Celebrating Valletta’s Architects

Celebrating Valletta’s Architects

As part of the centenary celebrations of Alf. Mizzi & Sons Ltd and on the occasion of the 450th anniversary of the founding of Valletta, The Alfred Mizzi Foundation commissioned a monument of two gifted architects connected so closely with the building of Valletta: Francesco Laparelli and Girolamo Cassar. The work of John Grima was inaugurated by the Prime Minister at the top of Ordnance Street, Valletta last week. The monument is strategically placed between the modern Parliament building and the bombed Opera house.

Mr Derek Vella, Chairman of the board of trustees of The Alfred Mizzi Foundation welcomed guests on a cold but fortunately fine evening. In a short but informative speech he spoke about The Alfred Mizzi Foundation which was set up in 2003 and is the vehicle used by this company to carry out its corporate responsibilities in a structured and fruitful way.

The overall objective of the Foundation is the promotion, diffusion and safeguarding of the Maltese culture, its heritage, education, the environment and social solidarity. Over the years, Alf. Mizzi & Sons has passed on considerable funds to the Foundation with which it has been able to assist a great number of worthy causes.

In the field of education the Foundation as sponsor is second only to the University of Malta, he said. Another project undertaken by the Foundation is Sahhtek,a national study, over three years, about the health of the Maltese.

When it comes to social solidarity the Foundation wanted to create somewhere where those in need can find a place to eat and sleep. So, together with Caritas, and the Ministry for the Family and Social Solidarity, the Fondazzjoni Dar il-Hena was set up, the first tripartite venture between the government, the church and private enterprise. A few months ago Dar ilHena launched a soup kitchen and night shelter in Malta at Dar Papa Frangisk, Santa Venera, Mr Vella told us.

The third centenary project was the funding of a monument commemorating the two architects who designed Valletta. “One may ask whether Laparelli and Cassar need a monument when, in fact, Valletta is their monument. But they share this monument with other great people such as La Vallette, so it was decided that a monument solely dedicated to them would be commissioned.” Here Mr Vella thanked Mr Mario Cutajar Principal Permanent Secretary, Mr Kenneth Gambin and his colleagues of Heritage Malta and John Grima for their help and cooperation.

Perit Edward Said then went on the podium. He spoke about the building of Valletta and the laying of the first stone on 28th March, 450 years ago. He referred to Laparelli and Cassar as ‘giants of architecture and civil engineering’ and referred guests to the research works of Dr Roger Vella Bonavita, Dr Stephen Spiteri and the late Professor Quentin Hughes who have written extensively about the building of Valletta. Just months after the Great Siege ended the project for the building of a fortified city met with approval everywhere and money and jewels filled the coffers of the Knights of Malta towards the project. The gift of Pope Pius V was the professional services of Francesco Laparelli who had designed many papal projects including Castel Sant’Angelo in Rome.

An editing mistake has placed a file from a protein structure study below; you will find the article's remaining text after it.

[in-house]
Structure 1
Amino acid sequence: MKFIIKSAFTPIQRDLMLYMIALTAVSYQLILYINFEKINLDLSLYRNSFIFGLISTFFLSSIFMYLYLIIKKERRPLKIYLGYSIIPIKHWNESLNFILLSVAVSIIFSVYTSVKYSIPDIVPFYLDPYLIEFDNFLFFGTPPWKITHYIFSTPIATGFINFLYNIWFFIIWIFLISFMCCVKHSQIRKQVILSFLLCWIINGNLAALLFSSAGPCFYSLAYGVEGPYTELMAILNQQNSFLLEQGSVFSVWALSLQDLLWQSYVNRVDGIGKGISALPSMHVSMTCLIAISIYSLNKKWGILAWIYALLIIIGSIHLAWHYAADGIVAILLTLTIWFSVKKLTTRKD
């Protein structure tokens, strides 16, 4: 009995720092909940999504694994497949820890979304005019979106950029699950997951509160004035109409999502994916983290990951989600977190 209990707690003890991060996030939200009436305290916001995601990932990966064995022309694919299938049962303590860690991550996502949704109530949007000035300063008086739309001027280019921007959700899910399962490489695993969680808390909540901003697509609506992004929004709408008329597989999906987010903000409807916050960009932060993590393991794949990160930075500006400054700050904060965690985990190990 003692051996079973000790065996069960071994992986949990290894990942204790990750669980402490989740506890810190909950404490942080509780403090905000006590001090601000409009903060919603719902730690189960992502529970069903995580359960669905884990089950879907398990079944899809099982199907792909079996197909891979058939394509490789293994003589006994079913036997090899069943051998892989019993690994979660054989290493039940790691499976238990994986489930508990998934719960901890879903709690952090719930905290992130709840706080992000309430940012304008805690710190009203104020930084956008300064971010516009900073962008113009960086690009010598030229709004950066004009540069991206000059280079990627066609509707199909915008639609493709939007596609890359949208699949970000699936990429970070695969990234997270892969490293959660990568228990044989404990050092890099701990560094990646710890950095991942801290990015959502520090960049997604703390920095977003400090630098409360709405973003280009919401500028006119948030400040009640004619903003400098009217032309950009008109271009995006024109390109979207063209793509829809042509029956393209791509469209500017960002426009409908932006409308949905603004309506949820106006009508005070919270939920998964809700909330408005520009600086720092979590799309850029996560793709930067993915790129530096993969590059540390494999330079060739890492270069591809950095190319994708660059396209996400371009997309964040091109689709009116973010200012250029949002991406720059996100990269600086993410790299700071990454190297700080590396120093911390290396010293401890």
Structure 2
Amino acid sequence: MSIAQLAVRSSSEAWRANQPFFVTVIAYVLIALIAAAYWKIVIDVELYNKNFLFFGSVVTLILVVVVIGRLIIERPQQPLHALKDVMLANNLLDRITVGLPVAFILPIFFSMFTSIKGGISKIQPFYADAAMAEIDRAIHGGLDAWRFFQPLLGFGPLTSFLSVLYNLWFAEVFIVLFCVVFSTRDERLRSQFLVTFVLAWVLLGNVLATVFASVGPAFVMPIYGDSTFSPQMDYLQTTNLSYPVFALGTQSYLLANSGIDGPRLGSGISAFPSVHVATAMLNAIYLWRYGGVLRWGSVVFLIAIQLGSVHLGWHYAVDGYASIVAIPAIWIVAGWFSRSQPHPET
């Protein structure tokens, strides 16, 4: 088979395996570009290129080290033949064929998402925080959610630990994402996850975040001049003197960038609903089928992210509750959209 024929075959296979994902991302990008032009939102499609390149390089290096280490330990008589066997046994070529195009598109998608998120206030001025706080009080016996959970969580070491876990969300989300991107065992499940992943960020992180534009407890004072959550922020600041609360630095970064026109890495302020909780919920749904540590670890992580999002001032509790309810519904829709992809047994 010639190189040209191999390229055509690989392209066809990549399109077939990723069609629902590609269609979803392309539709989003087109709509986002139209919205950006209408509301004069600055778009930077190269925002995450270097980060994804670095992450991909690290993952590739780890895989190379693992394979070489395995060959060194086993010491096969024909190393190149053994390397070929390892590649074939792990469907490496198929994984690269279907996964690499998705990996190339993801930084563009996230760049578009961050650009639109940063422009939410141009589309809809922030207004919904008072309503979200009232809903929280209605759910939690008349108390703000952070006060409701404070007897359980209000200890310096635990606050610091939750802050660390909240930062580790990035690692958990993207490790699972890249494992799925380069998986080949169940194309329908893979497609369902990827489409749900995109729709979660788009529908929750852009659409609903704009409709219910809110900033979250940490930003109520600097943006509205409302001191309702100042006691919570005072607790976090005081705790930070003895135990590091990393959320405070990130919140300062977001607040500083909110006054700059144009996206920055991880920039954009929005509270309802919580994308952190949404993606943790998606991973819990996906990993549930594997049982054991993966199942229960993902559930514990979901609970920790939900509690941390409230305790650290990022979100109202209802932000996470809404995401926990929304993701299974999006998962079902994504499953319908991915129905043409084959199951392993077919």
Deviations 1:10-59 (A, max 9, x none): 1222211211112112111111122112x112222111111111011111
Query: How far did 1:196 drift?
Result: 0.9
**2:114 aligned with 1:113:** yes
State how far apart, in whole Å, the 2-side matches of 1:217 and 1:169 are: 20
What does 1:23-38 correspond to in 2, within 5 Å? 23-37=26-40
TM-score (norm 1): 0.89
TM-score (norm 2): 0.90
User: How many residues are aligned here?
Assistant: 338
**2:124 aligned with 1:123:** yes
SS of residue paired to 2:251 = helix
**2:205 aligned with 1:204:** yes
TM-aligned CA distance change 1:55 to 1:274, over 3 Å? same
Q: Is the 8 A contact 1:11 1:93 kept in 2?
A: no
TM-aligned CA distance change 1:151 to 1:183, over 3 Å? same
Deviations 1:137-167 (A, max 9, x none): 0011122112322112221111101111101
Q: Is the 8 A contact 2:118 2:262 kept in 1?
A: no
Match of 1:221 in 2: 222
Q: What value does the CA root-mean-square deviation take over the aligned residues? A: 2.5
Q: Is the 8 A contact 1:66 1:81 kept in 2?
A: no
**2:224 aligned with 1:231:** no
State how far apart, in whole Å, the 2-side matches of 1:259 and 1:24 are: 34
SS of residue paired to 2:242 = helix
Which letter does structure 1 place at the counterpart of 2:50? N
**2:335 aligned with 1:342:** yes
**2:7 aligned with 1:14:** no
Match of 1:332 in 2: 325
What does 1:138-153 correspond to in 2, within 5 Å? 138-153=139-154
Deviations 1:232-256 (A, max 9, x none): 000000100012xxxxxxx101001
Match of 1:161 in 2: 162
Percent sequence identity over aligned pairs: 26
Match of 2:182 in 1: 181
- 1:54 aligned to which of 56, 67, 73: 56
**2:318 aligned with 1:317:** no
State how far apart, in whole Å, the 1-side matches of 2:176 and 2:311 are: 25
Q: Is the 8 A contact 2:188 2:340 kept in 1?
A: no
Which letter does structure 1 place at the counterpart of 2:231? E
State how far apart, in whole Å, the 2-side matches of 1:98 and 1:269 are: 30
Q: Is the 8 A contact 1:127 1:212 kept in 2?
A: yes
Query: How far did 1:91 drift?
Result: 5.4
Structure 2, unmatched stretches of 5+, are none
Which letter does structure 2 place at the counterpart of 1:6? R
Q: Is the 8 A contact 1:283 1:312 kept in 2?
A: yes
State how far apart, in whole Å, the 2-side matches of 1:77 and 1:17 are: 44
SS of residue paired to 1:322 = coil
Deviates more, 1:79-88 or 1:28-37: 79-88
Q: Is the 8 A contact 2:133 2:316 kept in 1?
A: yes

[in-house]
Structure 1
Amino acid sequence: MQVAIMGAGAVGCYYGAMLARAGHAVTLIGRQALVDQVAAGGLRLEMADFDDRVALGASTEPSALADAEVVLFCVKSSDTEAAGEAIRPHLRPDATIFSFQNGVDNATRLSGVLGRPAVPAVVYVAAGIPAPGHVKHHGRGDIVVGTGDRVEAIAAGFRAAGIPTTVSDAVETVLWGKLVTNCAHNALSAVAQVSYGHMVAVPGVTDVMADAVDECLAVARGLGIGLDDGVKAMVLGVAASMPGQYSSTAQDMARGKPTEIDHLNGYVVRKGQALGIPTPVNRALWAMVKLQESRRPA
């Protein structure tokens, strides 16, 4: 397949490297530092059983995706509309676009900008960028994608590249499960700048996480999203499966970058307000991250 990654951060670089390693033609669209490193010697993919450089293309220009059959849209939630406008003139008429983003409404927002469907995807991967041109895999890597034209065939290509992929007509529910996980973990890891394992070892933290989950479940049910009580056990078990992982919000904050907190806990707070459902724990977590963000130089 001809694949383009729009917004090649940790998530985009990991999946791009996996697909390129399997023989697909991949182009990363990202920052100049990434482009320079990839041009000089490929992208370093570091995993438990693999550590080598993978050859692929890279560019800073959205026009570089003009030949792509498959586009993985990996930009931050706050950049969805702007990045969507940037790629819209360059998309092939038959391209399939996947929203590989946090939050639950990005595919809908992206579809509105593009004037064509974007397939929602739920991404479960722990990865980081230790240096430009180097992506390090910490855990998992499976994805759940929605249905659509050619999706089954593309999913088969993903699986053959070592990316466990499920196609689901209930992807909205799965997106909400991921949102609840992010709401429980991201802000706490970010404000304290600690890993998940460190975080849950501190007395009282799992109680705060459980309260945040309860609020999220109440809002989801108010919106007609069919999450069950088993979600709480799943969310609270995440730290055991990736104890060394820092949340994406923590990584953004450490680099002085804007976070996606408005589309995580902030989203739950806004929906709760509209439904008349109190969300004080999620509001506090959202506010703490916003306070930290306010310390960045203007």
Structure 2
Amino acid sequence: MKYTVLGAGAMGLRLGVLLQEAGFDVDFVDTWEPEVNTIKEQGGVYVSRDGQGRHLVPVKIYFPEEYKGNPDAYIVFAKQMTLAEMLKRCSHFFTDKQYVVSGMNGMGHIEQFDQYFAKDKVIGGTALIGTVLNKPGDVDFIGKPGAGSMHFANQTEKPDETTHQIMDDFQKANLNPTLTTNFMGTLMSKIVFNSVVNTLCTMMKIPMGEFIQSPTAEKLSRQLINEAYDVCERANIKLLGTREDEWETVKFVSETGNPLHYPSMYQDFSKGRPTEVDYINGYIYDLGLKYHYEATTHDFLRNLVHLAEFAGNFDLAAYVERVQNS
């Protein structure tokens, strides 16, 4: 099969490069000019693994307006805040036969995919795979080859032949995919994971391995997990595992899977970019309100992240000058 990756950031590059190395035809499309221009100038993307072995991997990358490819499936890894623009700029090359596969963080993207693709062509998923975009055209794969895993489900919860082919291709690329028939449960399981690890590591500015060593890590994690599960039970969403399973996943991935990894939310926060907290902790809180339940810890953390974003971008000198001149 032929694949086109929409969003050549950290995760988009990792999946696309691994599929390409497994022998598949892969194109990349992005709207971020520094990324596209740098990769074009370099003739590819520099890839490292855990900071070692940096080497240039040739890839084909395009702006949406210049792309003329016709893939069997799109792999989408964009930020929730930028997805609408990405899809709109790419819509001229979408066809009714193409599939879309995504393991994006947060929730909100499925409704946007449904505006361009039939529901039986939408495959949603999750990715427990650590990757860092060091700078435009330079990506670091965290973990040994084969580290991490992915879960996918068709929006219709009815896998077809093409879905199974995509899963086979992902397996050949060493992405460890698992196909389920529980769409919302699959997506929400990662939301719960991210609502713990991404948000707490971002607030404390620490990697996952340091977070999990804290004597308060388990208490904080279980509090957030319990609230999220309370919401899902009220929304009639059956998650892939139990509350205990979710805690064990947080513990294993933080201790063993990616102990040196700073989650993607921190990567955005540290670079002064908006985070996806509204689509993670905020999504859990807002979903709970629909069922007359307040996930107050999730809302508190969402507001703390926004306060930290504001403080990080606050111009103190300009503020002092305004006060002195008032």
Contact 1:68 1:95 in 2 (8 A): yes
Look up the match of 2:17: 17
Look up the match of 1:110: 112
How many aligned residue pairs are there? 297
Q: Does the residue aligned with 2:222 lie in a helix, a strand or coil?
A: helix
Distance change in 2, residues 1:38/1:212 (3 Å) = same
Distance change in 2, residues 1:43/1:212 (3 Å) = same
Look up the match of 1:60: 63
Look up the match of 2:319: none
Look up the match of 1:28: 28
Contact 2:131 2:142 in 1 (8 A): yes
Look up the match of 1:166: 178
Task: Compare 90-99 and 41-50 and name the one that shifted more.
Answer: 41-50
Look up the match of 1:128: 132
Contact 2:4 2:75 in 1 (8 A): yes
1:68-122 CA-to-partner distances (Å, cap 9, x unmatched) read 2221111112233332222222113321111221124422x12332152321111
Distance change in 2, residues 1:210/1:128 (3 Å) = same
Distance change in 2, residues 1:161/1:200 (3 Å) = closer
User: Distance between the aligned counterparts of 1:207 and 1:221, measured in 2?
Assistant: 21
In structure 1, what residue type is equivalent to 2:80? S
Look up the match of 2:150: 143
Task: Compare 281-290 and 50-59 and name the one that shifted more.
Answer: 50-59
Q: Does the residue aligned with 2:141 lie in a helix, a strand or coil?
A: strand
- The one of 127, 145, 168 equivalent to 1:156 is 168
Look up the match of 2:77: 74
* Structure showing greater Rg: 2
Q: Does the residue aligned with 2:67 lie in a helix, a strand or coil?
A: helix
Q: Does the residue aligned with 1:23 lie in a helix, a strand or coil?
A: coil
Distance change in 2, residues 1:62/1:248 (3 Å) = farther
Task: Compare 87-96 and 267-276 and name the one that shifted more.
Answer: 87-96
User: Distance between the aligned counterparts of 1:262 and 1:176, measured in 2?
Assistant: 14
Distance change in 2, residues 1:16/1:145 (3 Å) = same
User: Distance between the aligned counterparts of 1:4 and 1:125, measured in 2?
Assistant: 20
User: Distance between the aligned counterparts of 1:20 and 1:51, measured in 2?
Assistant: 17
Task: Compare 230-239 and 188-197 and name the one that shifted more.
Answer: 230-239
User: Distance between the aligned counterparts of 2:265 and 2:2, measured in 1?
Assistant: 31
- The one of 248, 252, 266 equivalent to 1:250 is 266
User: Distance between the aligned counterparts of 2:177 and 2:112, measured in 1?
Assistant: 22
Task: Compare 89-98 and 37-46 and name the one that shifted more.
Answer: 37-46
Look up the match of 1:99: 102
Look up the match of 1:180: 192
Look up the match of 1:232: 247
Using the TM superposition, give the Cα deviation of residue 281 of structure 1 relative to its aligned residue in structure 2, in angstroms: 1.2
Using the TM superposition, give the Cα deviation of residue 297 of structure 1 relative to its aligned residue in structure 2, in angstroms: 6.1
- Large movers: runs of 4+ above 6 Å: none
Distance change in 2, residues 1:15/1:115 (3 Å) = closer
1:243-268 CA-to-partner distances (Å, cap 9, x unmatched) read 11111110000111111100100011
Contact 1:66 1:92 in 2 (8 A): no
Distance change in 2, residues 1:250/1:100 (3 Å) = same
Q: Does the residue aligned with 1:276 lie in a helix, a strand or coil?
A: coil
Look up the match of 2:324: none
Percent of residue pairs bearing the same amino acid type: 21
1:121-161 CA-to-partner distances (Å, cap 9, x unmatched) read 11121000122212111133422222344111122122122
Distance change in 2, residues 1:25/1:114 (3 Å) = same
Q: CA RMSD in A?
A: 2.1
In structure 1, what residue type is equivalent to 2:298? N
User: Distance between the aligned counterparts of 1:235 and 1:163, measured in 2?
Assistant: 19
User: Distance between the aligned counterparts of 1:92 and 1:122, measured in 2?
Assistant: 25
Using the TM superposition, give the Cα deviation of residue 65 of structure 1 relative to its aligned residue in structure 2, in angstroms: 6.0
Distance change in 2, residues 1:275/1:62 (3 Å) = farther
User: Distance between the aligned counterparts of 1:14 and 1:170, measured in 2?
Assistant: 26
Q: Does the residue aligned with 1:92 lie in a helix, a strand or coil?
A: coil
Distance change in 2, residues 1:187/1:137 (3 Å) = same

Laparelli then 45 years old landed in Malta on 28 December 1565. Just a week later he presented Grand Master La Valette with a plan for the city to be built on Mount Sceberras.

Perit Said when on to talk about Laparelli and his close involvement with the building of our capital city. It is no wonder that the Grand Master called him ‘an exceptional man’, he told his audience. But after three years Laparelli decided he wanted more fame and left the reins in the hands of Girolamo Cassar. He travelled to Crete but there he was most unfortunate, contracted the plague and died a painful death.

Perit Said then went to talk about Cassar who was probably born in Birgu. He worked closely with Laparelli but decided that he had to widen his vision and so visited Rome, Naples and Lucca which were then leading cities when it came to architecture. On his return Cassar designed churches – including that of St John – the Grand Master’s Palace, houses, the auberges of the knights, convents and so much more. In fact we do not appreciate enough his simple style of design, Perit Said said. It was a style unique to Valletta which was a result of the urgency, economy and modest spirit of the knights who thus created Valletta Città Humilissima. Girolamo was helped by his son Vittorio who took over when his father died.

Mr Said referred to the changes and embellishment of Putirjal “as I still like to call it” which had been abandoned for many years. He referred to this new monument as the ‘cherry on the cake.’ He then said that architects cannot take all the glory because the building of Valletta would not have been possible without the work of thousands of carpenters, builders, anonymous slaves, not forgetting the donkey and mule – all of whom with great sacrifice and hard work brought to life the designs of Laparelli and Cassar.

After thanking the Alfred Mizzi Foundation he appealed to the government to invest in the protection of our heritage especially in educating the public to take pride in our buildings which are the pillar of our national identity.